Thayer discusses evolutionary theory to illustrate the difficulties of creating policies that would not only limit or terminate ethnic conflicts but also conform to human nature. He uses examples of xenophobia and ethnocentrism to explain the contribution of human evolution on this issue. Xenophobia is the fear or hatred of strangers or foreigners, or those unknown to us. Ethnocentrism is when one believes in the superiority of their ethnicity. It is a collection of traits that would predispose the individual to show discriminatory preferences for groups with the closest identities to themselves. Both of these traits have existed since the beginning of time in humans and other animals- such as with cats and dogs, as Thayer points as an example. Some argue that competition for territory and other scarce resources caused these traits to appear in human nature; since we live in groups, we compete with other groups, and create wars to get the most resources. Fear of strangers escalated as technology advanced and we were able to make more specialized weapons to threaten one another and defend ourselves. Ethnocentrism proves why individuals generally support their own community more than others. For example, given the human nature, you would not normally sacrifice for strangers. This also explains why people identify with a nation, and communities similar to them in conflict. Nationalism has definitely played large parts in ethnic conflict, as being part of a group only strengthens the “causes” being fought for or defended.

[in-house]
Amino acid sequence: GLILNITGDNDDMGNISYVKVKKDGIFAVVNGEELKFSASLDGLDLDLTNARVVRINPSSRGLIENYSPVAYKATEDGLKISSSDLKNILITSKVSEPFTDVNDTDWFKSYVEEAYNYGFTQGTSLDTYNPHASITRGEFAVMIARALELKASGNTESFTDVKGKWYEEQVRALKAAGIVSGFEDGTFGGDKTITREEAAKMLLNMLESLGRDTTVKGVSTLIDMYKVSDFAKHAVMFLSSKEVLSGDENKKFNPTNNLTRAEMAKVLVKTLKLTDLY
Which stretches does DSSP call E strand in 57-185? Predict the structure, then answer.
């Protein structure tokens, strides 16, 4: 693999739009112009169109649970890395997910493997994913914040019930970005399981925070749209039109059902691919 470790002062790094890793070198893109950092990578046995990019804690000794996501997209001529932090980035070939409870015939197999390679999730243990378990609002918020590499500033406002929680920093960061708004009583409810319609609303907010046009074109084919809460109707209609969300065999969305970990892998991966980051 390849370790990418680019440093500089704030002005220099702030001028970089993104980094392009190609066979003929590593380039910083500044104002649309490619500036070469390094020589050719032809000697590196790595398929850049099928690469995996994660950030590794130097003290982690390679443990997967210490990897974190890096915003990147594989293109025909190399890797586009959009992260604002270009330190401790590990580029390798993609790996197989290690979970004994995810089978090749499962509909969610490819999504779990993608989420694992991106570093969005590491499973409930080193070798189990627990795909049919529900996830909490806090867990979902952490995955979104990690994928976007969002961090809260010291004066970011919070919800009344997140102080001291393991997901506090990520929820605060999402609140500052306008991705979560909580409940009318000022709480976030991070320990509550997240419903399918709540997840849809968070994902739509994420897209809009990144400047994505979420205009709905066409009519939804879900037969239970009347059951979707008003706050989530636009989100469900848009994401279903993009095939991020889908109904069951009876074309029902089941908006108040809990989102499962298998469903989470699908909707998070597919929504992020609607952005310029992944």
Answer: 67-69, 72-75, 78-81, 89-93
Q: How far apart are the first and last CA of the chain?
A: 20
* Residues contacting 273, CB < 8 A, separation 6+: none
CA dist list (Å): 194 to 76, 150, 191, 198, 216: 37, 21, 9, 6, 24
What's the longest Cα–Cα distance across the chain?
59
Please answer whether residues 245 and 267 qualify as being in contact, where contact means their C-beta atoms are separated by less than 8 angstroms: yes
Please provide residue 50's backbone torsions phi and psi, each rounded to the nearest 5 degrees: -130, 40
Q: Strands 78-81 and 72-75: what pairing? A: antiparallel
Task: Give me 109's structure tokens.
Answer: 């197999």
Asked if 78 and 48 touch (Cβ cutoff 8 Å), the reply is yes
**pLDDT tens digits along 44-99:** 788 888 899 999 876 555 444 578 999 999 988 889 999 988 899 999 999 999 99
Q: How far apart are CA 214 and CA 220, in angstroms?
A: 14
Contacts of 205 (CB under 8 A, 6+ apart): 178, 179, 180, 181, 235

Given these points by Thayer, it confirms the difficulty of conforming to human nature in making policies, especially when the international community is considering involvement. When we learn about these ethnic conflicts, it is in our human nature to sympathize, and most of us who are especially disconnected from the region feel this way. However, that does not mean that the United States will go and use its recourses to end the conflict in Yugoslavia or in Darfur, Sudan. It is very hard to conform to human nature in this sense because while we see the humanitarian abuse, policies must take many other factors into consideration, such as the economic interests, safety of its own citizens, and how it will affect political alliances or monetary relations with other involved parties. Policies must judge on these multiple levels because an ethnic conflict has so many implications for the home nation as well as the conflicted region’s interests, ranging from political, fiscal, to social and historical.